“I’ll be back.” –
Arnold Schwarzenegger Vladimir Putin, on the Syrian Civil War
Well, one thing is for sure: he is just as unpredictable here as he was Monday.
It turns out Russia will not withdraw most of its military presence in Syria. And those that have returned back can easily be redeployed “within hours” to full fighting strength.
Is threatening to return to Syria just the same as never leaving? Possibly; but the fact that Putin gave a stern warning that they will not hesitate to arrive back into the conflict shows flexing muscles on their part.
Now, the ever-looming Russian Bear is watching over the Syrian Civil War, waiting until there’s a threat to pounce.
From The Washington Post:
Russia could rebuild its military presence in Syria in a matter of hours and will maintain powerful air defenses in the country for the foreseeable future, President Vladimir Putin said Thursday, offering a chest-beating assessment of a deployment that rescued Syrian President Bashar al-Assad from near defeat.
Putin’s surprise announcement Monday that Russia would partially withdraw from Syria as suddenly as it had intervened was widely interpreted as a sign to Assad to be more flexible at Geneva peace talks underway this week. But the Russian leader’s comments Thursday offered more robust backing for Assad, dimming chances for progress in the deadlocked negotiations.
Speaking briefly at a Kremlin awards ceremony for veterans of the six-month intervention, Putin portrayed the combat operation as a success that cost Russia little and demonstrated the country’s “indisputable leadership, will and responsibility” in fighting terrorism.
He also issued a warning, saying Russia would respond in force if its remaining military presence in Syria came to harm.
“Our systems will be used against any targets that we will see as a threat to Russian servicemen,” Putin said, referring to the powerful S-400 antiaircraft missiles and other systems that Russia is maintaining at its air base in Syria.
As talks between Assad and the Syrian opposition continue in Geneva this week, Putin said that Russian forces could return to an “appropriate strength” at the base in just hours, if the need arises. He also said that the balance of power between Assad and his enemies “will be ensured” despite the Russian pullout, suggesting that the Kremlin remains committed to preventing the ouster of Assad by force, even if that means another Russian deployment.
“Bearing in mind our support and the strengthening of the Syrian army, I am sure we will see new successes of patriotic forces in fighting terrorism in the near future,” Putin said.
Putin’s zig-zagging moves this week — first seemingly to give Assad a push with the pullout, then backing him again on Thursday — will give Secretary of State John F. Kerry much to discuss in Moscow next week. He plans a visit to work out prospects for peace after the Russian intervention.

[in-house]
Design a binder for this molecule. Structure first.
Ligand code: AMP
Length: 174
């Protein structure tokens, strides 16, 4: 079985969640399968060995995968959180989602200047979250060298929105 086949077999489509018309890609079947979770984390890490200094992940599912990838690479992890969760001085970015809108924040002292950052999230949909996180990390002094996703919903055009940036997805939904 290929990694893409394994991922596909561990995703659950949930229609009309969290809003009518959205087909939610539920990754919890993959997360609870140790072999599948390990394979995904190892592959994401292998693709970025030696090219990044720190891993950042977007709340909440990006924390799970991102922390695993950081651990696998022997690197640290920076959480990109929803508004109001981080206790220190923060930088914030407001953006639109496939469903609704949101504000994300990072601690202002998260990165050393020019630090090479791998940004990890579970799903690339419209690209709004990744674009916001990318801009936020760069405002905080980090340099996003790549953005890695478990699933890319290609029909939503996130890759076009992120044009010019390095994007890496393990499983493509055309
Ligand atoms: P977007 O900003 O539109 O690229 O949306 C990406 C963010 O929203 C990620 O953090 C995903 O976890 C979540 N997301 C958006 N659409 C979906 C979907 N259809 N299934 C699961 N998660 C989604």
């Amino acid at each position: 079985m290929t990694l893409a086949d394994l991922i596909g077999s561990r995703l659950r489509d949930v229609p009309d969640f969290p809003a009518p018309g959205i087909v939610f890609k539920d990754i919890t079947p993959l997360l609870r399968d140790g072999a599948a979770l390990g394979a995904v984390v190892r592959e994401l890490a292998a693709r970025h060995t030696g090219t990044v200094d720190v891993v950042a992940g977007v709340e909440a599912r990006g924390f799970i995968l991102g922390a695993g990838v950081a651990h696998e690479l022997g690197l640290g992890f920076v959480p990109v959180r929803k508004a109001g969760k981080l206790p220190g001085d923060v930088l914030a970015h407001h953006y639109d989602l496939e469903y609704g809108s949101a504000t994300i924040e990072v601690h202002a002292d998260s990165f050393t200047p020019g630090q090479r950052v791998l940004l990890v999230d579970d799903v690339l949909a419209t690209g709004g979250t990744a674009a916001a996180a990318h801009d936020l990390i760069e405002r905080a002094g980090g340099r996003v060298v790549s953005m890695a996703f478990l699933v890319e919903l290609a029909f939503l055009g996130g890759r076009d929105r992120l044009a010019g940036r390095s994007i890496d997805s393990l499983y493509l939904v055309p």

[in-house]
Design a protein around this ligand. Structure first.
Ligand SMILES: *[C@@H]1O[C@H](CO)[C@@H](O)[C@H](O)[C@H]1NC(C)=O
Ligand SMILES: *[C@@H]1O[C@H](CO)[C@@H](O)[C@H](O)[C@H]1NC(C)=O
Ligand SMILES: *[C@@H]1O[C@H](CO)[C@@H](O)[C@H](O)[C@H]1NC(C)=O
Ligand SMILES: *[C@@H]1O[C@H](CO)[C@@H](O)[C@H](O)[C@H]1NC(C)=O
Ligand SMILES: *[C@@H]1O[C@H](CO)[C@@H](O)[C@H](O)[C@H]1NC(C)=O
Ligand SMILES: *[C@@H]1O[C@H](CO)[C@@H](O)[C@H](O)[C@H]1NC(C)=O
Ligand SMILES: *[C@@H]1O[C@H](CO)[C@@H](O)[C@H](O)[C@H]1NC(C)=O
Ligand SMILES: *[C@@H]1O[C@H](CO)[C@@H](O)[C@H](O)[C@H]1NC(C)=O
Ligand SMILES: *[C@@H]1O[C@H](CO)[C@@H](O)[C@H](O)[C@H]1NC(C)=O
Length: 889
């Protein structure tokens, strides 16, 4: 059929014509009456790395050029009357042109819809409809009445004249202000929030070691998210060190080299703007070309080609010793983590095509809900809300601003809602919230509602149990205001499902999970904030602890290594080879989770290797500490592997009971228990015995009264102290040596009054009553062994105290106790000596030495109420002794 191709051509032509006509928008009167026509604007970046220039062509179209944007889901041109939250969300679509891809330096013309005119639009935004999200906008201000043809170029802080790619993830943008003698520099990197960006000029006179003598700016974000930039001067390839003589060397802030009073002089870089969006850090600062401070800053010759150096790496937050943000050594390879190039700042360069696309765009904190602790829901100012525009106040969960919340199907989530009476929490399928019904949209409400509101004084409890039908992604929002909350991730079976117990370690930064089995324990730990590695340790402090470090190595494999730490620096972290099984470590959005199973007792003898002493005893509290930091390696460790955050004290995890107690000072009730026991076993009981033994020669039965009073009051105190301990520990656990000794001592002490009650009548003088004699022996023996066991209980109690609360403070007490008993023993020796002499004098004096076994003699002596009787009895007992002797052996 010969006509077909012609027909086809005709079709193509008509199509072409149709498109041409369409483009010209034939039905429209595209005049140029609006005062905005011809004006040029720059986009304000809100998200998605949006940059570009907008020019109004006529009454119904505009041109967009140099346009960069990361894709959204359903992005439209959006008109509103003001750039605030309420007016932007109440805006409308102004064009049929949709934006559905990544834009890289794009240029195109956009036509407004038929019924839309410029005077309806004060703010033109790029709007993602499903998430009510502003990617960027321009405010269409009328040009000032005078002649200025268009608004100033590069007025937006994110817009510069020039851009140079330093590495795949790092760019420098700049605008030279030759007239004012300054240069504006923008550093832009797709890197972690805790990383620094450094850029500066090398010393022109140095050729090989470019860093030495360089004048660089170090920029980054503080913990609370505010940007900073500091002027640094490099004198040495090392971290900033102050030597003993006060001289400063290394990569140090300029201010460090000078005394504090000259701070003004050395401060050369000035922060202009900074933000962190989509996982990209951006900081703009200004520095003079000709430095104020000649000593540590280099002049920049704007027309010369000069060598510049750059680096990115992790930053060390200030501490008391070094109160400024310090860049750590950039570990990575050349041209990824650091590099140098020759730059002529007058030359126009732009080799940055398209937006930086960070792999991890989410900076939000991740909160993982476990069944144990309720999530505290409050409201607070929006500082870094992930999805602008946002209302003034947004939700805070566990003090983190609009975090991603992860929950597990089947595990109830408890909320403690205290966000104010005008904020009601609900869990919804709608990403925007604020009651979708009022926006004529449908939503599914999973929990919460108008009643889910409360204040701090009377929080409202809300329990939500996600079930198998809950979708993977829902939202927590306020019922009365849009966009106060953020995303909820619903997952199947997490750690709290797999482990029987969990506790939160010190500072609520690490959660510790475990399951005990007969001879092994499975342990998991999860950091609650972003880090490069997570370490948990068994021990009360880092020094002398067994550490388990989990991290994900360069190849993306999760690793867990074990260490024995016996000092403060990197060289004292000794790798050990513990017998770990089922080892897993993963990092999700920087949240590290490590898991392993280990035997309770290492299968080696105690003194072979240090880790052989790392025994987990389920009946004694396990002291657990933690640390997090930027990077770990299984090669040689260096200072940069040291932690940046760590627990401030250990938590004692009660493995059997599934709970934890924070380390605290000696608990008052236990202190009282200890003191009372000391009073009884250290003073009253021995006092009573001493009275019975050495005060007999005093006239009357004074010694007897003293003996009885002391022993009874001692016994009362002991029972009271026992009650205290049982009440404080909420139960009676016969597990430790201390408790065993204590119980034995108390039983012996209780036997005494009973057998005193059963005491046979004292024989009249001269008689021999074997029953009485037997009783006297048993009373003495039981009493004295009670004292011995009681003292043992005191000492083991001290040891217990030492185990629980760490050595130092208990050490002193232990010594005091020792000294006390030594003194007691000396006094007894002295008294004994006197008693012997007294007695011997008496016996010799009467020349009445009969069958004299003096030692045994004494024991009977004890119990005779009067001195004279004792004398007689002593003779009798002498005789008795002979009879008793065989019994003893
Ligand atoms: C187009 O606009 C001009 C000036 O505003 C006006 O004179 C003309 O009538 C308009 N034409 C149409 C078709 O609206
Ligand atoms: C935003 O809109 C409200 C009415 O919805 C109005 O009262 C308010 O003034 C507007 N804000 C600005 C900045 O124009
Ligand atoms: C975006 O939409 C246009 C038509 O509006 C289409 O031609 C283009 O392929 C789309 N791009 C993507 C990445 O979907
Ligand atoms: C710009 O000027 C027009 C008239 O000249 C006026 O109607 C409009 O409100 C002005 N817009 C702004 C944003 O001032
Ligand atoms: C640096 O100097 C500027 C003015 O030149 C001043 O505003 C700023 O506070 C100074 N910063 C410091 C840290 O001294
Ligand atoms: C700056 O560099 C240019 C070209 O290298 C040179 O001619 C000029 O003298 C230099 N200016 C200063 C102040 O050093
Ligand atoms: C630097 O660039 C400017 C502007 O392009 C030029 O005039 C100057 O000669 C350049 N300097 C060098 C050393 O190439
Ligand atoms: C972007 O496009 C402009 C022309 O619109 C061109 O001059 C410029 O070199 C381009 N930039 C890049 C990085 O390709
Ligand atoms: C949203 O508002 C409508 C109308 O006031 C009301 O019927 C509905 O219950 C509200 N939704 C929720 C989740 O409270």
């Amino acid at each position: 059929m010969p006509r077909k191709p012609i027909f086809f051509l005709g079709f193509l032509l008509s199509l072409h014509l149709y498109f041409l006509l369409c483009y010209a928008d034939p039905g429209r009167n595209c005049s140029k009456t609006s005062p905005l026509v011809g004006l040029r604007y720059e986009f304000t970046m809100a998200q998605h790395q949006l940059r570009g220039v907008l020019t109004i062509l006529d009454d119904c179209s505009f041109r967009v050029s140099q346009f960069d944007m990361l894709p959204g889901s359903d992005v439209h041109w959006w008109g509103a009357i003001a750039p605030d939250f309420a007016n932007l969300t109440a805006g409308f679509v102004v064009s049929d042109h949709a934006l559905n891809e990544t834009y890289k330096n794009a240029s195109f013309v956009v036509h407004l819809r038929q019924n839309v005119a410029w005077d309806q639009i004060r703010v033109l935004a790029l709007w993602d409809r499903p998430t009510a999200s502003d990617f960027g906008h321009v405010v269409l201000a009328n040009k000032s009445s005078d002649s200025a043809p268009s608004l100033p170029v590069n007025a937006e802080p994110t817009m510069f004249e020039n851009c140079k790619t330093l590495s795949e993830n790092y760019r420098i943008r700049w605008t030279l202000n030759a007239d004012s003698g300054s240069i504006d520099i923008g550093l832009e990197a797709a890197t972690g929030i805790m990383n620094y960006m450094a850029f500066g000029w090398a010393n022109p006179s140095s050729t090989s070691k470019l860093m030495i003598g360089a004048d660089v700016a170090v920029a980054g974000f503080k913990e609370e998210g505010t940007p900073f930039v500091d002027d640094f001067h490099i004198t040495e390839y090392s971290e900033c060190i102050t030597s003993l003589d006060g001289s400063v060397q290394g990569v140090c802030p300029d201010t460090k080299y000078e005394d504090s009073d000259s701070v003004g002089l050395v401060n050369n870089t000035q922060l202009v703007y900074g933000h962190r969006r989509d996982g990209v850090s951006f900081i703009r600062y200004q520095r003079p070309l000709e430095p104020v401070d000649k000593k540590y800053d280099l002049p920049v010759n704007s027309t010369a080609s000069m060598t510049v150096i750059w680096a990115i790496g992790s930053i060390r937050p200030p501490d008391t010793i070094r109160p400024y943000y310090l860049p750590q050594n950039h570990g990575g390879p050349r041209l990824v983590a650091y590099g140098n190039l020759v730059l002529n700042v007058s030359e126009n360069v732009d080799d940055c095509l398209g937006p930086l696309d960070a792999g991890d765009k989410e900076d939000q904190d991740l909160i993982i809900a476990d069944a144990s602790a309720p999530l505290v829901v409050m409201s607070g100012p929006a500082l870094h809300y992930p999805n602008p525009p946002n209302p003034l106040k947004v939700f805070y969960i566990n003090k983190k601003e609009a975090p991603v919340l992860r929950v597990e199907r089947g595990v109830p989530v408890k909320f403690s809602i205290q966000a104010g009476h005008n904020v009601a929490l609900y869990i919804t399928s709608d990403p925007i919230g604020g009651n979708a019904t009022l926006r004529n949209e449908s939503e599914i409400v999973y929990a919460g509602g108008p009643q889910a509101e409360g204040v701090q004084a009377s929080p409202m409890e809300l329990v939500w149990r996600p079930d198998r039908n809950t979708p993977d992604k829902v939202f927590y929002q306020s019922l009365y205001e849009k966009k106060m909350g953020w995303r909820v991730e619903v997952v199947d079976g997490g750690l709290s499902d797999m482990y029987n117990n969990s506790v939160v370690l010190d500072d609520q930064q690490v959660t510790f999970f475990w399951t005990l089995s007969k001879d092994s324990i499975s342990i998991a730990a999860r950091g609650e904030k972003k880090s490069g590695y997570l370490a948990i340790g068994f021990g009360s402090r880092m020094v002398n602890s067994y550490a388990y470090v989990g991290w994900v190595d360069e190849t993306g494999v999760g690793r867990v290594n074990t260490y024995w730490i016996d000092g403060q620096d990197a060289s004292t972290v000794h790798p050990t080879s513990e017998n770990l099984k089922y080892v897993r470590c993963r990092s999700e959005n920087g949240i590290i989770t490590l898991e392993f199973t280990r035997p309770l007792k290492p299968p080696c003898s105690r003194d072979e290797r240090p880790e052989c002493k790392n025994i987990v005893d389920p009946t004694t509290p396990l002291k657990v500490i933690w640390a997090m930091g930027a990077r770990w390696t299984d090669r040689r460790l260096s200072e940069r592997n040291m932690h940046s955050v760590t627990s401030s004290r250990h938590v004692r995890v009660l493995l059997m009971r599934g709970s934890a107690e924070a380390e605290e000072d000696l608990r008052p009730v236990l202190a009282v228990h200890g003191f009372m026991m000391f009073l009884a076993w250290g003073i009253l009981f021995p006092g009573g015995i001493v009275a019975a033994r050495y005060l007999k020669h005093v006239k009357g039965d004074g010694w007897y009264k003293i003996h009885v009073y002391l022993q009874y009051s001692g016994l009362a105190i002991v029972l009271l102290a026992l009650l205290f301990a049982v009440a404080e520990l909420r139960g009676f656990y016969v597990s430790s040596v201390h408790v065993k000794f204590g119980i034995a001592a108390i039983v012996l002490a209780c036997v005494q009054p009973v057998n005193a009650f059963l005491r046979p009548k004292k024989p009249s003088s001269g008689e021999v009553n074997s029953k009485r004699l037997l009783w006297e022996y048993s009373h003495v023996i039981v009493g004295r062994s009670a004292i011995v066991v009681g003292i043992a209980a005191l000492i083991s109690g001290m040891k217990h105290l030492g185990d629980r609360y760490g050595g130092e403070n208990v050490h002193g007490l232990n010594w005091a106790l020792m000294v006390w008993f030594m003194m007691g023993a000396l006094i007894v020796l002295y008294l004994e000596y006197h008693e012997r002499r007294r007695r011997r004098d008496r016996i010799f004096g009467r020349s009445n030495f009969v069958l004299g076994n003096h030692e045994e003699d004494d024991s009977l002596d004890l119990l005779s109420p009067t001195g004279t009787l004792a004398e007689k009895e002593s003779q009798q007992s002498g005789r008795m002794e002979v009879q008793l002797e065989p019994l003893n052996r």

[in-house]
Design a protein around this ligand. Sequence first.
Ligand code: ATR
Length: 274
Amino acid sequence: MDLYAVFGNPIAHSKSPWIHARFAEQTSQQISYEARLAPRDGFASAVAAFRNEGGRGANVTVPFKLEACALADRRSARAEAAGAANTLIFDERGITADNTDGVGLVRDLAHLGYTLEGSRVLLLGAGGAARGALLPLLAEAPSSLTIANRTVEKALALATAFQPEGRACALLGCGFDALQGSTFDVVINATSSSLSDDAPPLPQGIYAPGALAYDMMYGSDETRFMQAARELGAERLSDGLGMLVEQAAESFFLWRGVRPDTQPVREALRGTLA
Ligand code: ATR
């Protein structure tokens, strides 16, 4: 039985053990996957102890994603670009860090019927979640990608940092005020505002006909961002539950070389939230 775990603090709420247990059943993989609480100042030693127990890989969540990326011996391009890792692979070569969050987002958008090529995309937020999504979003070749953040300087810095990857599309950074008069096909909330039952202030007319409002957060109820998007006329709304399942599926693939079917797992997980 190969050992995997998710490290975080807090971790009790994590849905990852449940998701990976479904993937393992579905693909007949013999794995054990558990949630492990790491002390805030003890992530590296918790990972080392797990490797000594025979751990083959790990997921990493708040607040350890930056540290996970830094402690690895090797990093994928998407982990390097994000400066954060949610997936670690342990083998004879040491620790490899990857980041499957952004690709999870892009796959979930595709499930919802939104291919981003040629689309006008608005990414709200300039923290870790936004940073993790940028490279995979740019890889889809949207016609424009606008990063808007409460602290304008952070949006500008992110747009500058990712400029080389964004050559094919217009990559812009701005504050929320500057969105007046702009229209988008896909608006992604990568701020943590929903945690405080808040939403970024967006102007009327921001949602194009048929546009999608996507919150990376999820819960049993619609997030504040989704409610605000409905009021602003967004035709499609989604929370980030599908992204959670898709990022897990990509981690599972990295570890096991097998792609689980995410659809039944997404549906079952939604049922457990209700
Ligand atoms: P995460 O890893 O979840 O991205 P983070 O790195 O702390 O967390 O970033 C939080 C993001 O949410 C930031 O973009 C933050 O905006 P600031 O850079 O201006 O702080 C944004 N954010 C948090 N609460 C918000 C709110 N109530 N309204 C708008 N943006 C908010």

Putin underlined Russia’s continuing support for Syrian troops both financially and in training, and he sought to dispel analyses that Russia’s sudden drawdown in Syria was a political maneuver to put pressure on Assad to engage in diplomatic talks.
Syrian Foreign Minister Walid al-Moualem took an uncompromising line ahead of the talks last week, leading both Russian analysts and U.S. officials to believe that Assad was more interested in reconquering all the territory he has lost than in striking deals with the opposition.Putin’s motivations in Syria — always somewhat opaque — had appeared to put more emphasis on general stability in the war-torn country than on Assad himself. But Putin on Thursday sought to bolster his strongest Arab ally.
Assad was “informed of our plans in advance and supported them,” Putin said, adding that “we see his restraint, sincere aspiration for peace, and his preparedness for compromise and dialogue.”
Syrian officials have also sought to put the best face on the Russian withdrawal, saying that it had been done in consultation with Assad. But Kremlin spokesman Dmitry Peskov said Monday that although Putin had informed Assad of his decision shortly before it was announced publicly, Assad had no input or choice about the matter.
Following large investments to reform Russia’s military and on the heels of a hybrid intervention in Ukraine, Russia brandished its new military muscle in Syria, the country’s first intervention outside the borders of the former Soviet Union since the end of the Cold War. Besides employing punishing airstrikes that critics say targeted not terrorists but more moderate opponents of Assad, Russia also showed off new high-tech weapons, such as ship-based cruise missiles.